An additional $8 million a year in income may not mean much in the scheme of things for Berkshire Hathaway, but it proves once again that Warren Buffett know how to make money, even as he struggles to find ways to spend Berkshire’s over $100 billion in surplus.
With an almost $12 billion paper profit from its conversion of its preferred Bank of America stock to common stock, Berkshire Hathaway is reaping the rewards from bailing out the bank in 2011 during the Great Recession.
The move was one of Buffett’s most astute moves of the past decade.
It’s always nice to triple your investment, especially when the preferred shares had also been earning Berkshire $300 million a year in dividends.
But wait, there’s more, as they say on TV infomercials
In swapping the Bank of America preferred stock for a $11.5 billion common stock profit, Berkshire had to give up the $300 million in annual dividends the preferred stock paid. However, Bank of America just raised its quarterly dividend so the amount that Berkshire now gets annually in dividends will be $308 million.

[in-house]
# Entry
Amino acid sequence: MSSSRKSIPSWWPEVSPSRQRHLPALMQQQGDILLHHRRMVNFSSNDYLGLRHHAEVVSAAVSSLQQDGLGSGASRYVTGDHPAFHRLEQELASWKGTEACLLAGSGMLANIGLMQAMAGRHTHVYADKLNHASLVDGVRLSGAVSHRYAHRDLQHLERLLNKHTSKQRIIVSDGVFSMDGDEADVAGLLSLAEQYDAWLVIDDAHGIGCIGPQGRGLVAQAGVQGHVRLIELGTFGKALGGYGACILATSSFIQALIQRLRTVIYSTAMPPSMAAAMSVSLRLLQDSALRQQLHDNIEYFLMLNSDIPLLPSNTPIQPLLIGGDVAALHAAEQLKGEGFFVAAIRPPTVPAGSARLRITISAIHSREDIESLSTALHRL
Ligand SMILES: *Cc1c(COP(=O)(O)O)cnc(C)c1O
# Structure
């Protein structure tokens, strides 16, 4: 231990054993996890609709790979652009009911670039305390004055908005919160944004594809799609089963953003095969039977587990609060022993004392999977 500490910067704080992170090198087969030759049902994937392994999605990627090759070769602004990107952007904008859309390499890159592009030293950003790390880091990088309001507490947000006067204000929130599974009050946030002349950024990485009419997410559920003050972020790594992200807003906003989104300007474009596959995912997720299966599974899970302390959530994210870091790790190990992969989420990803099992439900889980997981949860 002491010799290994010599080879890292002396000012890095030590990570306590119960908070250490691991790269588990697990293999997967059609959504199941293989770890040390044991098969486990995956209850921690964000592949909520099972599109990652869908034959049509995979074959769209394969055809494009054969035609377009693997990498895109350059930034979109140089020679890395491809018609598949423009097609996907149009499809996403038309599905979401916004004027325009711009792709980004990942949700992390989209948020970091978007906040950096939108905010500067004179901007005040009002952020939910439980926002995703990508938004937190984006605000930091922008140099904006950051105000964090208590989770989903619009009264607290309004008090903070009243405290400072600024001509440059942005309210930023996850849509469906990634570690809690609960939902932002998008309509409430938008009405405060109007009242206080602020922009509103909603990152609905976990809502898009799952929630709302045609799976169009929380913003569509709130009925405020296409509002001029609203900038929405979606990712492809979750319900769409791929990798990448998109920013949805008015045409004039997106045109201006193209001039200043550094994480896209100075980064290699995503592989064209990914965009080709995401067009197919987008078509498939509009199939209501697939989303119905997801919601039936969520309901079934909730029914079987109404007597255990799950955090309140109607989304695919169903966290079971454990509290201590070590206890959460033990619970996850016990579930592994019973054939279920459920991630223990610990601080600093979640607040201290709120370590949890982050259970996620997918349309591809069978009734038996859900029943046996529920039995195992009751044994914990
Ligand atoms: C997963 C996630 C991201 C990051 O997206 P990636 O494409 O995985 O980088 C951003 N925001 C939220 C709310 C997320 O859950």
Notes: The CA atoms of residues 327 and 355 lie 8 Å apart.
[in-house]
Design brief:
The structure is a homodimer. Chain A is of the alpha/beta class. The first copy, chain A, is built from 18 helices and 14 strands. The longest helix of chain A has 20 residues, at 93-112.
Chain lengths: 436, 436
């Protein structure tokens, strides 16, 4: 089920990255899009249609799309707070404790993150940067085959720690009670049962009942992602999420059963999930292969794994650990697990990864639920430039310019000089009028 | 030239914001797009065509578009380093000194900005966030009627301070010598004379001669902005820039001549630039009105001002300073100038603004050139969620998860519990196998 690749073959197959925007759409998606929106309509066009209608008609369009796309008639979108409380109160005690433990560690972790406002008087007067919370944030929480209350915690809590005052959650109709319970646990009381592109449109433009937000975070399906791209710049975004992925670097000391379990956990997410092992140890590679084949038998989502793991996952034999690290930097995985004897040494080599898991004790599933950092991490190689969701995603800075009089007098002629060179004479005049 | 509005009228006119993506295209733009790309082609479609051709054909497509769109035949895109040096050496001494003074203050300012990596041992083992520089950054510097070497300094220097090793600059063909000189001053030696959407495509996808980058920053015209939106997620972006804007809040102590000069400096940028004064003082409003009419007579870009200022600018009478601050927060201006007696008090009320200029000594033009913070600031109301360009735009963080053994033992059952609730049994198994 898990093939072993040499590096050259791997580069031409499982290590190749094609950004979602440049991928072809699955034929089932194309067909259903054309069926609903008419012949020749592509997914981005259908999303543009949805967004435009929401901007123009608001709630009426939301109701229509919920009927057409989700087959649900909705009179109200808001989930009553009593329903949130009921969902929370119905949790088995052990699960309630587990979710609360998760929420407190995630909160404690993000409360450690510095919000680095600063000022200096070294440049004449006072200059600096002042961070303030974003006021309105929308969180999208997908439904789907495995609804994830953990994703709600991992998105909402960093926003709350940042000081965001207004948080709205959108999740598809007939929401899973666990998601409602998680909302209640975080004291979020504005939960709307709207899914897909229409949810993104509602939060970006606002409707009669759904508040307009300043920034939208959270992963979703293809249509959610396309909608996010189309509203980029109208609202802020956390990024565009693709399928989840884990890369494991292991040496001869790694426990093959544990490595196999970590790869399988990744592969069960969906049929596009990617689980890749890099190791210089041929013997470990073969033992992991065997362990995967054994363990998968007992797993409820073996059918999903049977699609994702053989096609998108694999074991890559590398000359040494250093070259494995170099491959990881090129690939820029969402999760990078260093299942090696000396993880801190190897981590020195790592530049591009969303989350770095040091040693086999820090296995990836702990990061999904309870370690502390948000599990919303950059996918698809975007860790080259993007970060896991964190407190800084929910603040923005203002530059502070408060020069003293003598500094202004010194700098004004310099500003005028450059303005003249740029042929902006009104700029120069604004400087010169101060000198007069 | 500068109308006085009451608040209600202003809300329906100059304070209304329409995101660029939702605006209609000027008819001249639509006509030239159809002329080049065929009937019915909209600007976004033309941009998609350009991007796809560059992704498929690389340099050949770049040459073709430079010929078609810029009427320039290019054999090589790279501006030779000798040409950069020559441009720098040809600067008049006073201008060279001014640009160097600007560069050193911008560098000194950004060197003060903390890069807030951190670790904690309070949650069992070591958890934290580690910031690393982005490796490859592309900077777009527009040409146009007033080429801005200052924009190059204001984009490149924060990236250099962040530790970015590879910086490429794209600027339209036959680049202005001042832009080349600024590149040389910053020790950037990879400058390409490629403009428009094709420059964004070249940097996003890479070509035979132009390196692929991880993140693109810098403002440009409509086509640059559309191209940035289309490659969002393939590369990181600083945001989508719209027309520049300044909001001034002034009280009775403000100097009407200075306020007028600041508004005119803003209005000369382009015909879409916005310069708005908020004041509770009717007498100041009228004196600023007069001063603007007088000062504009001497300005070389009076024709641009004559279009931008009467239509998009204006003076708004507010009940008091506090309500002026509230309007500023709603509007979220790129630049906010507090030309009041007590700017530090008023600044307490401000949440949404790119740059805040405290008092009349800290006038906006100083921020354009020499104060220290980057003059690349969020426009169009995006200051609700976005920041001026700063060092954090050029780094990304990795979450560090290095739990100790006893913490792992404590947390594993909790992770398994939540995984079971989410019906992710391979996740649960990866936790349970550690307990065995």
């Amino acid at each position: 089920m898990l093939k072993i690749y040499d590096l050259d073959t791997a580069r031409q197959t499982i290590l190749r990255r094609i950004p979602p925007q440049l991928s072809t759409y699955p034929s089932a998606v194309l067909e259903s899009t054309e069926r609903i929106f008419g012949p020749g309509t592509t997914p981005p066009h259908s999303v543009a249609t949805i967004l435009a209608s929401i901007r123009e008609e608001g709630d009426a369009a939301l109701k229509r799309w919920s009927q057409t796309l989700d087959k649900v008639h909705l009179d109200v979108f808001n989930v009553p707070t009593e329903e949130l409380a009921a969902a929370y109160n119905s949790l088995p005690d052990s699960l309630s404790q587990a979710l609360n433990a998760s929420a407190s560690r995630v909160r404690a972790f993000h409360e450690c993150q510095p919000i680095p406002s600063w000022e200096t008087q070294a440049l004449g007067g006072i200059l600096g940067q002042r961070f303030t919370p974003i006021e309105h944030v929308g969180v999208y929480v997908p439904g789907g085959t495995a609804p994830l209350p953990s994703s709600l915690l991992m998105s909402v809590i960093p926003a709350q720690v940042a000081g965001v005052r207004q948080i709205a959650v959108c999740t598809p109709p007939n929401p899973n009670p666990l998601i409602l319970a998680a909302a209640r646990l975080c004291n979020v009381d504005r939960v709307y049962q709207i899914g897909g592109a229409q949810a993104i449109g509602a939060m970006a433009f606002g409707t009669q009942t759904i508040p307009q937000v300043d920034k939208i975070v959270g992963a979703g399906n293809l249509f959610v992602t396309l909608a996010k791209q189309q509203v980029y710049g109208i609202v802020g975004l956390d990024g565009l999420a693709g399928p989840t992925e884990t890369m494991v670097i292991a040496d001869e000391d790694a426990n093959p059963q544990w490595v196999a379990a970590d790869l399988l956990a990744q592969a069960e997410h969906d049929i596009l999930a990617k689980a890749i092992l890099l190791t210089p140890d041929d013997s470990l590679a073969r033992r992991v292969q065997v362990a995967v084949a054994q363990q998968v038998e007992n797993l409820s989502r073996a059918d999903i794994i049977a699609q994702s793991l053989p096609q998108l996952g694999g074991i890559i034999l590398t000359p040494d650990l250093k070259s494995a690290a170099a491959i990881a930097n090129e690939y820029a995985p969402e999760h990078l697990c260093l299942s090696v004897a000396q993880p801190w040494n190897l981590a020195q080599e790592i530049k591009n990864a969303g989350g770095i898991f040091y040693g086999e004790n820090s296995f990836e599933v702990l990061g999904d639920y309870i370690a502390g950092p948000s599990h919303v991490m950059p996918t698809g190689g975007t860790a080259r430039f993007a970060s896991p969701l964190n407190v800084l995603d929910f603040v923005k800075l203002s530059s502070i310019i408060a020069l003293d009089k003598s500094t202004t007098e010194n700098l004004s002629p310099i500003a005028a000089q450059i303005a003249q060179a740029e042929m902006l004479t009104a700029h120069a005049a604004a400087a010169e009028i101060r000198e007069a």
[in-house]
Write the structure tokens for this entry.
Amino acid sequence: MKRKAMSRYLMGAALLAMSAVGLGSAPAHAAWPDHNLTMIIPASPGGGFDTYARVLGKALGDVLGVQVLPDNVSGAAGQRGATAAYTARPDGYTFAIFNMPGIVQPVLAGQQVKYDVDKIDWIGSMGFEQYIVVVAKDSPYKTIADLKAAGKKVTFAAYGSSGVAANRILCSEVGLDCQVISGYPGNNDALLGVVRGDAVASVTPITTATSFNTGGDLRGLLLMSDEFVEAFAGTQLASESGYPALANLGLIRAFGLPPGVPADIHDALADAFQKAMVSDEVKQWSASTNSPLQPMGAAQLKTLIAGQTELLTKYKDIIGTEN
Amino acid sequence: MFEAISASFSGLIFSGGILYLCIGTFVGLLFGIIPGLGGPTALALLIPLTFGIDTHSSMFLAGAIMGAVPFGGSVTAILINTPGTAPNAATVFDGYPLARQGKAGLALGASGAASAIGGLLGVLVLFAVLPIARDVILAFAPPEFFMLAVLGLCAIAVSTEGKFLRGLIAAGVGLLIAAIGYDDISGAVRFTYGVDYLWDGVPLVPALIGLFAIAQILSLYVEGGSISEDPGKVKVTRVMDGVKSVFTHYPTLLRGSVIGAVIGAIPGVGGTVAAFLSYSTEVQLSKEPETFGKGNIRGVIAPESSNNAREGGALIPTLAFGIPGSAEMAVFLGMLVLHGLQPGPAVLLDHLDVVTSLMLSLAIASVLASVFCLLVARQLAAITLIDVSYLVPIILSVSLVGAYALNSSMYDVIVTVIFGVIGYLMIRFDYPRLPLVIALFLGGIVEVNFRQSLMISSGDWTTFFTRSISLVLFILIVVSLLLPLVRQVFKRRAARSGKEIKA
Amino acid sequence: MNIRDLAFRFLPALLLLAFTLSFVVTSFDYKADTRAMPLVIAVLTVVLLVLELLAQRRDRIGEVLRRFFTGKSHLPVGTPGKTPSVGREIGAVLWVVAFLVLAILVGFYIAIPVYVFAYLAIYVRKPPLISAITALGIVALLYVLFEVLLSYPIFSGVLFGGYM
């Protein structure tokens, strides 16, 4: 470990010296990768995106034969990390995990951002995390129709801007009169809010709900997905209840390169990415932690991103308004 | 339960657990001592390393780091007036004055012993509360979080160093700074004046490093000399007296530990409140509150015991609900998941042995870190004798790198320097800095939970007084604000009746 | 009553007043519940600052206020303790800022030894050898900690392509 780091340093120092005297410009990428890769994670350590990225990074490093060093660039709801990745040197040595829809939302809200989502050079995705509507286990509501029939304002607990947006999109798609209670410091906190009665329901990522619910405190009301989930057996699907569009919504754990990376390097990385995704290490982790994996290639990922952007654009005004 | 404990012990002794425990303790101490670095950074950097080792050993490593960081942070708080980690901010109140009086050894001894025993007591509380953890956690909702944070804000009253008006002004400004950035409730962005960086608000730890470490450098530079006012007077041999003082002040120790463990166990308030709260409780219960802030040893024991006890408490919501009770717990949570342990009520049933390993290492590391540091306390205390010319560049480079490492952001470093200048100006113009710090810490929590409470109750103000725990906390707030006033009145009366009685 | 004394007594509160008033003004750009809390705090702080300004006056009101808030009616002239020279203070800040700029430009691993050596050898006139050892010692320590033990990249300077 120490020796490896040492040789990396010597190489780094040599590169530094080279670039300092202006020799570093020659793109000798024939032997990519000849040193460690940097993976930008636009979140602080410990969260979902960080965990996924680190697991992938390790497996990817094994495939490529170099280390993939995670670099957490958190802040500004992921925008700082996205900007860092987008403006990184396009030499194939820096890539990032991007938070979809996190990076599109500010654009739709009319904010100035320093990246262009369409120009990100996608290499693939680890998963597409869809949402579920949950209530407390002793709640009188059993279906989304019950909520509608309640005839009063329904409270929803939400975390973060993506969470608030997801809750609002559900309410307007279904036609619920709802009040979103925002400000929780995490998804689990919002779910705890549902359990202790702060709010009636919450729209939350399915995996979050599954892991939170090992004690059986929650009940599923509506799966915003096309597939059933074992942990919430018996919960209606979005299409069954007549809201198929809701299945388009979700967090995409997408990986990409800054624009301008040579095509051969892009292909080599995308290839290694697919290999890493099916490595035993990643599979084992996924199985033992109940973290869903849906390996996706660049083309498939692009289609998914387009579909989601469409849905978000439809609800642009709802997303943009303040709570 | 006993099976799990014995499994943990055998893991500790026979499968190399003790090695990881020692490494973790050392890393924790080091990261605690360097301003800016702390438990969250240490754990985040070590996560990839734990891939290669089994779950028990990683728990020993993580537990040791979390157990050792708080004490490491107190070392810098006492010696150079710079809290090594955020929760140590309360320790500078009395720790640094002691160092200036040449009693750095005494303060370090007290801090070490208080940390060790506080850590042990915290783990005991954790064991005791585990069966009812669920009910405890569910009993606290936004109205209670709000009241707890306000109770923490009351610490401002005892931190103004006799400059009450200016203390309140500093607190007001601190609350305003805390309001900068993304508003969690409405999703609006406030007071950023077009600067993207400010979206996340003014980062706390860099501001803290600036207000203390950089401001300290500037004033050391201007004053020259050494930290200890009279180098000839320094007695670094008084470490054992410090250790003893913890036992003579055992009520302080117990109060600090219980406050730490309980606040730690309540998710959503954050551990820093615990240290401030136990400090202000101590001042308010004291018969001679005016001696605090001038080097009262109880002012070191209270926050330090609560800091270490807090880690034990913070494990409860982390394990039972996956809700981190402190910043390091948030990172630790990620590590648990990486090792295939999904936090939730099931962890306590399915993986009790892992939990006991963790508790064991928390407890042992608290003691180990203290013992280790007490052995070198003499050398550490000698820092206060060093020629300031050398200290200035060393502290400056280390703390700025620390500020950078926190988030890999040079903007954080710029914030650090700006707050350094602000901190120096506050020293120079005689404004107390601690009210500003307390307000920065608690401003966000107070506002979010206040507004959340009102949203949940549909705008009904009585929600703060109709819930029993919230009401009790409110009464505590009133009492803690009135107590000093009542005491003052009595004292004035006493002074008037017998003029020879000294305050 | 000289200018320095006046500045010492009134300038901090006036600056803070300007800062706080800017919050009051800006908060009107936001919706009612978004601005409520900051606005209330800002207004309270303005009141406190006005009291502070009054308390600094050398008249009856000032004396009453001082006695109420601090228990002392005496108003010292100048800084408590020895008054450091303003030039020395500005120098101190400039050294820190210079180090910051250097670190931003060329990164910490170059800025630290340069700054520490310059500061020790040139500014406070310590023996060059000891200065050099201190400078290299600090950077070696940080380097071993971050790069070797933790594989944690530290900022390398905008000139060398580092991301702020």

The 66% increase in the common stock dividend came after the Federal Reserve allowed Bank of America and 33 other large banks to increase their dividends and buy back more stock after passing the most recent stress test in June that was required under the Dodd-Frank Act.
Also benefitting Berkshire, which now owns 6% of Bank of America, is the bank’s decision to increase to $12 billion to its share repurchase authorization.
© 2017 David Mazor
Disclosure: David Mazor is a freelance writer focusing on Berkshire Hathaway. The author is long in Berkshire Hathaway, and this article is not a recommendation on whether to buy or sell the stock. The information contained in this article should not be construed as personalized or individualized investment advice. Past performance is no guarantee of future results.